Self-Talk and the Inner Critic

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I started to write this for you based on all that I know and have read and have said to clients over the years and the craziest thing happened.

I went down the “rabbit hole.”

All because of Google, heaven help me. And my Inner Critic started in.

I started to look at all that had been written on the topic, and there’s so much and (most of it) is quite good and then She was right there beside me. Today I’m naming her Ursula (the Sea Witch of Little Mermaid fame) because she’s seductive in that manipulative sort of evil smiling way and wears a lot of black.

She masquerades as me and said, “Just a thought here…I can’t do this. Other people have already written so well about this topic. I should just copy and paste the links and people can read the articles themselves because I have nothing to say of any value; it’s all been said before, and for sure better than you can say it so why bother. (Ursula tends to speak in run on sentences.)

And I can’t put an image of her here because she reminded me that would be a copyright violation and Disney might sue me, and on and on and on…

Tidbits of wisdom and practical tools
So I took my own advice – and wrote down the thoughts above and shared them with you (“Are you sure? Super-vulnerable”, she adds) because here’s what I DO know.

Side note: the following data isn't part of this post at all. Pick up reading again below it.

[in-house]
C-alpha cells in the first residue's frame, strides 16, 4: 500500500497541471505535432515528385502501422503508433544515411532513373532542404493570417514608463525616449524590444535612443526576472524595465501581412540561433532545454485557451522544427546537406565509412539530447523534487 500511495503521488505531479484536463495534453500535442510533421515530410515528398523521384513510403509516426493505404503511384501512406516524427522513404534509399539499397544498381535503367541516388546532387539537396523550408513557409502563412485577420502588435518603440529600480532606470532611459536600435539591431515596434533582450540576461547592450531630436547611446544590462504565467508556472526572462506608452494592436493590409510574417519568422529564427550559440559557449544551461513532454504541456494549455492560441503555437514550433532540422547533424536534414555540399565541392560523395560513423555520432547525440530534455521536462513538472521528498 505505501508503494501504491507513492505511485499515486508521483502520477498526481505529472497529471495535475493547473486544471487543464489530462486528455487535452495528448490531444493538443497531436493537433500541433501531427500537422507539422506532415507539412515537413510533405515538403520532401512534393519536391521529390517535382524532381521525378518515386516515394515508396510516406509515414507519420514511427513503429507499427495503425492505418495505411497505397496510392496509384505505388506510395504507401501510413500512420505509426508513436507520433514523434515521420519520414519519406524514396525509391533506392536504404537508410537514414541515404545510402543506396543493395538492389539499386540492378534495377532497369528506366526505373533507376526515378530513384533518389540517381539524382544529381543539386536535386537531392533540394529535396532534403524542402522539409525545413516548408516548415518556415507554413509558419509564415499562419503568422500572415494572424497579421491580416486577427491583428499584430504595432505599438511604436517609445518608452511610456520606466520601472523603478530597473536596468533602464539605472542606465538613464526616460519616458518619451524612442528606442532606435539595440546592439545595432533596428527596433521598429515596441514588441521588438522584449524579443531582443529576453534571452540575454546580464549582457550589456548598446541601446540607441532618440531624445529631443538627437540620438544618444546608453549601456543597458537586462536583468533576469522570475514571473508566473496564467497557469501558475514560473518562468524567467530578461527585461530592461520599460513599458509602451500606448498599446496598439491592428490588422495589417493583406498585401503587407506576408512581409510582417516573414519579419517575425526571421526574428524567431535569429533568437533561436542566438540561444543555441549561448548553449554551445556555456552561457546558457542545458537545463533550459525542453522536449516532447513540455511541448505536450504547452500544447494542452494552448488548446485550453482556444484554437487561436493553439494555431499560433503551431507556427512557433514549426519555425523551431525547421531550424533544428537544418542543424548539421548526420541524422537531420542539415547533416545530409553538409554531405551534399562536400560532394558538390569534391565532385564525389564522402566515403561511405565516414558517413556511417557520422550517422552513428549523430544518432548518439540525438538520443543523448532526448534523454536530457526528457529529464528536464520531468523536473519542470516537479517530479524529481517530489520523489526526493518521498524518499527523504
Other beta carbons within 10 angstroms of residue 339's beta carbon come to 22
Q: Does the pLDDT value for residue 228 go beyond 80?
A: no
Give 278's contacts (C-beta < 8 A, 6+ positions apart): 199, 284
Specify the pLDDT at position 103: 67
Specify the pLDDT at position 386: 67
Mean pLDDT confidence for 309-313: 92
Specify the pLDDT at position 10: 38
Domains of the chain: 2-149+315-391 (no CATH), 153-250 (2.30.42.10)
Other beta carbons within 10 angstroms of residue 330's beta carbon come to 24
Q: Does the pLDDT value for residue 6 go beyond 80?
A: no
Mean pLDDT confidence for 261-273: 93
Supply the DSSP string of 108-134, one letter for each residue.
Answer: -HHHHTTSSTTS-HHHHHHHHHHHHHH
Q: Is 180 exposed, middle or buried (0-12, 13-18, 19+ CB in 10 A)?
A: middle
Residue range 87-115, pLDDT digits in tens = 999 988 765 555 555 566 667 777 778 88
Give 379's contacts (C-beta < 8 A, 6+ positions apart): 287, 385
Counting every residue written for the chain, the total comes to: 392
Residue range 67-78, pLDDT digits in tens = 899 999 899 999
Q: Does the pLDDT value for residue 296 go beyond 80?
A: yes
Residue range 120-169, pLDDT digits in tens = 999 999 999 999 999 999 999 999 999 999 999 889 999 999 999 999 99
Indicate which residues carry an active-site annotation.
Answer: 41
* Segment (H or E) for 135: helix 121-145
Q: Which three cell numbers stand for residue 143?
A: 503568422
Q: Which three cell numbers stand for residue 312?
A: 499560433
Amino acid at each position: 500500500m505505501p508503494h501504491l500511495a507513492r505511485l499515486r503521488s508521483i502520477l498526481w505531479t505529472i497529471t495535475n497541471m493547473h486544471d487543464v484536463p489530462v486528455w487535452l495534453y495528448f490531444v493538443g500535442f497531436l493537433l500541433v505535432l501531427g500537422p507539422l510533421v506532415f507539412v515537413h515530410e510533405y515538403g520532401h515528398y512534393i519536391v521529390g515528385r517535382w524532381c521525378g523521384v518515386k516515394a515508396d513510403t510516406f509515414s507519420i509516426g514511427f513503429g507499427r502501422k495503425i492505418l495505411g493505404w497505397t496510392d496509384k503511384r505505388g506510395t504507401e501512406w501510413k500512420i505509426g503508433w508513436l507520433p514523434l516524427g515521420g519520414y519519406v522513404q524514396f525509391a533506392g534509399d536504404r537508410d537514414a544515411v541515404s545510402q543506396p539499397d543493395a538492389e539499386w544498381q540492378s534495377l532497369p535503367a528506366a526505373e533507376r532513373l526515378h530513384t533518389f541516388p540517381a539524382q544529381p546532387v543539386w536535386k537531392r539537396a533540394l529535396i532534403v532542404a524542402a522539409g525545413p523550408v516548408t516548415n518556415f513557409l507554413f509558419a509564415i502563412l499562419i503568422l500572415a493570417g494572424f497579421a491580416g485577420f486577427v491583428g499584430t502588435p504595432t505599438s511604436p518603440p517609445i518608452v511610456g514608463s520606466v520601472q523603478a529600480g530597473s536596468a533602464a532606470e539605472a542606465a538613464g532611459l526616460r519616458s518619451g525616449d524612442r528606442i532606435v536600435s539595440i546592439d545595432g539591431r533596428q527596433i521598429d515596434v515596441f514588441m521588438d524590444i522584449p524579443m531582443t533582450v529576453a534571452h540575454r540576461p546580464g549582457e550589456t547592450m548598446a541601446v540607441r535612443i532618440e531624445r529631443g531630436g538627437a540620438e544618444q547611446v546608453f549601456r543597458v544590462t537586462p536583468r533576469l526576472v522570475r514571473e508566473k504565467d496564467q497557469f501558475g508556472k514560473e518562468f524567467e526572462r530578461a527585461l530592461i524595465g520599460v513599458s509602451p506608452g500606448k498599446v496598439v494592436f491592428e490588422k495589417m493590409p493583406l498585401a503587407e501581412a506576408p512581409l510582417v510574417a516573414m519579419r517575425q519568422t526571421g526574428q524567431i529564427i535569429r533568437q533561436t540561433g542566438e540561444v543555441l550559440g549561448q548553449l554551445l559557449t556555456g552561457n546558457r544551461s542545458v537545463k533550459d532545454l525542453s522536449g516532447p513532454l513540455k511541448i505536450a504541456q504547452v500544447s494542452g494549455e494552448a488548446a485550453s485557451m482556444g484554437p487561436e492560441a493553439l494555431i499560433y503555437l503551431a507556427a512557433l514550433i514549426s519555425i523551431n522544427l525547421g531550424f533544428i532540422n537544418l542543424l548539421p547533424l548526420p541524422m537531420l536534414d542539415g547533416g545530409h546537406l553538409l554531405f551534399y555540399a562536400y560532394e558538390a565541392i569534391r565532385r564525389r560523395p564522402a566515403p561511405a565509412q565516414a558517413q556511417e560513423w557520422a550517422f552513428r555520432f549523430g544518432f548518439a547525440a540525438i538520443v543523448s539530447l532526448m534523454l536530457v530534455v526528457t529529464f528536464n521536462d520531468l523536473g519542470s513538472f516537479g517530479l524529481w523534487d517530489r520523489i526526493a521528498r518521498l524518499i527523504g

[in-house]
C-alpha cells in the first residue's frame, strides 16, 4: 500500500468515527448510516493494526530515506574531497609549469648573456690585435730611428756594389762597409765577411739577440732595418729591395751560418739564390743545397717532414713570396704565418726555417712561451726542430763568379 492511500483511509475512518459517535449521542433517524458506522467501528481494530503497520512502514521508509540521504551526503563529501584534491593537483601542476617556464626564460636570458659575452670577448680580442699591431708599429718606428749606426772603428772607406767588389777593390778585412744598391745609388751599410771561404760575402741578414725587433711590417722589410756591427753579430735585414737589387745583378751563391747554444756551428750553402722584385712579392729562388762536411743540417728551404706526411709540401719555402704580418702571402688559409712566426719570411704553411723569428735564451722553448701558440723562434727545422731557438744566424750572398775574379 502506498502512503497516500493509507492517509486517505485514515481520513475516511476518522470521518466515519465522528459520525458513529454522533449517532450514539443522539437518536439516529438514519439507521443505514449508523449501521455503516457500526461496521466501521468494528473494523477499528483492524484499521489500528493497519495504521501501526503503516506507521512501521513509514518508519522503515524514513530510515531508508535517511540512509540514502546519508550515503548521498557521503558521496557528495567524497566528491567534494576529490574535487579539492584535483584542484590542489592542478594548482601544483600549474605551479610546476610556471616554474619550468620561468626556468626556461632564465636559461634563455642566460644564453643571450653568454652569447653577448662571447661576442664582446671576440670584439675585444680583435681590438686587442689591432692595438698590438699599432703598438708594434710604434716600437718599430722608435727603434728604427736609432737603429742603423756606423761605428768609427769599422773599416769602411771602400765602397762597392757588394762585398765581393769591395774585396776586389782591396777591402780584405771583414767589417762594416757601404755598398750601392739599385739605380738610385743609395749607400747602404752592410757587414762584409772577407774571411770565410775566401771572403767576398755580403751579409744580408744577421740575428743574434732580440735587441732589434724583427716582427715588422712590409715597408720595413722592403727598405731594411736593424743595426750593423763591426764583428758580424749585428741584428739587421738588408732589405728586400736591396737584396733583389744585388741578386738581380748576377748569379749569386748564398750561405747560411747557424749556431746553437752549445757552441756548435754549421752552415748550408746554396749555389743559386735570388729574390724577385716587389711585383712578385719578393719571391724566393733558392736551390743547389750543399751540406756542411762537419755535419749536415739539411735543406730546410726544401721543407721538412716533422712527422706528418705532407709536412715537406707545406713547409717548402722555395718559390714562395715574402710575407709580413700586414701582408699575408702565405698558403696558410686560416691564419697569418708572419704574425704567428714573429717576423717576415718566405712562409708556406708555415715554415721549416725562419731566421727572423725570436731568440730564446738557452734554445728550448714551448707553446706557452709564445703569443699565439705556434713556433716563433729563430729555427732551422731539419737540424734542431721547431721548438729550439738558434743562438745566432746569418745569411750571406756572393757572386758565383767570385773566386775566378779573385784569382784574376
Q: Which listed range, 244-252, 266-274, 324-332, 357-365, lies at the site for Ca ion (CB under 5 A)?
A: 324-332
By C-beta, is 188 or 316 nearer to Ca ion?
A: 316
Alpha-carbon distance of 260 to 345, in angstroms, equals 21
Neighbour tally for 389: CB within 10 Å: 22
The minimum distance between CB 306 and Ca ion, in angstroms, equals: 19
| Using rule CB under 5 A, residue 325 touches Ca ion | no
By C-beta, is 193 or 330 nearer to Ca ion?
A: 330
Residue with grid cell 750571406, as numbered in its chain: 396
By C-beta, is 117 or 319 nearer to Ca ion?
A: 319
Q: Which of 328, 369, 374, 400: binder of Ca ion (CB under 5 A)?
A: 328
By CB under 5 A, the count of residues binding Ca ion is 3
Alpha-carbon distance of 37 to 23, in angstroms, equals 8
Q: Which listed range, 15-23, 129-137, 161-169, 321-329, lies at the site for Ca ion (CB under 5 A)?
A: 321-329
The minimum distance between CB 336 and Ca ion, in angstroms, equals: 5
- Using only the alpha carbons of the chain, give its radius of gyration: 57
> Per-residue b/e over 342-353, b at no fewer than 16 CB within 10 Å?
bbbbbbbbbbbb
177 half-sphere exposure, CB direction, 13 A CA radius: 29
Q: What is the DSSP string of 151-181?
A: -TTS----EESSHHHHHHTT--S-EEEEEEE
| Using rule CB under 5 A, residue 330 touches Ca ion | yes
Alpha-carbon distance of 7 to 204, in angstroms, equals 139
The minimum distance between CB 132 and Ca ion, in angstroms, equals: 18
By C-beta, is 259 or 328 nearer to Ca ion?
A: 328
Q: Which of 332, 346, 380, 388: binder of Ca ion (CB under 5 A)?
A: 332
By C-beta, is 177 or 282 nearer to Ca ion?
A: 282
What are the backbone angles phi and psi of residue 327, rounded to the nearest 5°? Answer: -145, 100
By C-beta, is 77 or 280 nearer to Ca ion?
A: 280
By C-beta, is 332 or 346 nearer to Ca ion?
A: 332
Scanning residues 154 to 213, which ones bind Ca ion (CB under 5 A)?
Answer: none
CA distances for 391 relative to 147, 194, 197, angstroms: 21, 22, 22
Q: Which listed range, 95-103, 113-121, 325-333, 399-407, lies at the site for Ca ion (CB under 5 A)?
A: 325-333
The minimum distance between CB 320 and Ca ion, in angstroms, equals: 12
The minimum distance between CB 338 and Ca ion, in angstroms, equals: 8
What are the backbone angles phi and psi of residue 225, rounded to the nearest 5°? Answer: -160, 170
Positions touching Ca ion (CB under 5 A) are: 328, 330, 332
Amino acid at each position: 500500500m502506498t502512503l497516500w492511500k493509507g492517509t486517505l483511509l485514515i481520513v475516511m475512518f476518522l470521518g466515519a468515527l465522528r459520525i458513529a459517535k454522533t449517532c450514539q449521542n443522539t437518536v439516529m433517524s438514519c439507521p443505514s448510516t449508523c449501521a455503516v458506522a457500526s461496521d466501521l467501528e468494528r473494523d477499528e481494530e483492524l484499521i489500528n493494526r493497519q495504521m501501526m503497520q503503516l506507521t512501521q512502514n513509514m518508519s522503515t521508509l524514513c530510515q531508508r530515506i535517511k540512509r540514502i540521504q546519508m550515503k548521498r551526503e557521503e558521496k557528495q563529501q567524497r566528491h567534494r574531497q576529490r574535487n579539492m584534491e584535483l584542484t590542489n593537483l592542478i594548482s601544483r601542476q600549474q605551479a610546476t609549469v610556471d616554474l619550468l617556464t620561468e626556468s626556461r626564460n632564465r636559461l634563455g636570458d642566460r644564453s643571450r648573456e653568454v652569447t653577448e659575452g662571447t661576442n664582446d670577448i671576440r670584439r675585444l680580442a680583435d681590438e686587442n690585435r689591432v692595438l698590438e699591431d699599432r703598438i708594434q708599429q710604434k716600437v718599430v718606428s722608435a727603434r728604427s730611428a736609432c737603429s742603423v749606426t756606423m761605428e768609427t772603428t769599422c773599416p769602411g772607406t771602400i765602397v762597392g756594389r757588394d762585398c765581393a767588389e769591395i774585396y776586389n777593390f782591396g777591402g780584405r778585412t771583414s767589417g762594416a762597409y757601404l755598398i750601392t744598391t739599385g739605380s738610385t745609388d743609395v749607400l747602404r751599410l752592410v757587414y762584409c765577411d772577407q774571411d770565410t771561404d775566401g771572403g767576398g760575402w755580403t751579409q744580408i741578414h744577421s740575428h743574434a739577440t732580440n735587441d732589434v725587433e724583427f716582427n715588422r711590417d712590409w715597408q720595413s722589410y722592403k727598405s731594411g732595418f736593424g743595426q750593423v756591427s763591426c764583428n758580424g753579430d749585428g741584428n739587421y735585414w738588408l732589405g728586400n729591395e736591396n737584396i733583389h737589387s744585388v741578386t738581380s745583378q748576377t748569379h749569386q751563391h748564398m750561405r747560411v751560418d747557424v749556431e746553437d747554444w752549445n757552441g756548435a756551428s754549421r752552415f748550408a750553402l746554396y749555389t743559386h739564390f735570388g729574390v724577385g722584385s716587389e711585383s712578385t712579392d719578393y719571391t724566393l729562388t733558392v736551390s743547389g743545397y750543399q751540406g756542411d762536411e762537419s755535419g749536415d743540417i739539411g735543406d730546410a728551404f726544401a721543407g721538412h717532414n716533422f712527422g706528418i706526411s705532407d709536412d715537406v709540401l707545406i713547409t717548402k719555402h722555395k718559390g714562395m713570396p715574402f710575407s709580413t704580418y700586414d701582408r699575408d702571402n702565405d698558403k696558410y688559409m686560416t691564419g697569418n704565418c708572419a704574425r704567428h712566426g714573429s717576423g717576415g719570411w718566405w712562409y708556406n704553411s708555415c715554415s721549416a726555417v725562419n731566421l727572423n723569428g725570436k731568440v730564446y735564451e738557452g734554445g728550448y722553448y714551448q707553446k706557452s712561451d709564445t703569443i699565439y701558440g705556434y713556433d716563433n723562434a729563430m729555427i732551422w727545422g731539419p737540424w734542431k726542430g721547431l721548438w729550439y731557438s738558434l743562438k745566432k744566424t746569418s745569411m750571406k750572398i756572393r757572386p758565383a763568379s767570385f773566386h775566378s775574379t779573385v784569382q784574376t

Acknowledging, writing, naming, humor and (sometimes) sharing helps.
As in, “Oh hi again, Ursula. I know what you’re doing here, you slippery, wily, mean girl. Have your say, bring it, I can handle it.

Understand the Inner Critic has a valuable job – to keep you safe and secure
Even though this wacky negativity doesn’t seem at all related to safety and security…we are wired this way and it isn’t our fault.

Growth, change and leaving our comfort zones – it’s scary stuff. What if….? Worst case Scenarios. Anxiety is distressing. So we avoid it, courtesy of our Inner Critic, who generally discourages risk-taking.

1) Acknowledge your Inner Critic, and name her/him if you wish

2) Thank her for her service, express appreciation and ask if she can be a bit more balanced in her feedback or at least not mean, condescending or rude. In fact, sometimes she even tells lies.

3) Write or share with a trusted person the thoughts. They are easier to evaluate on paper than when they dance in your mind. A friend will help you explore the Truth and be an appropriate Encourager.

4) Remember. There have been times you took a risk to grow, however small, and the feeling of success was glorious and inspiring and worth it.

Please share your thoughts, feedback or successes with me in the comments below. How do YOU manage your inner critical voice?

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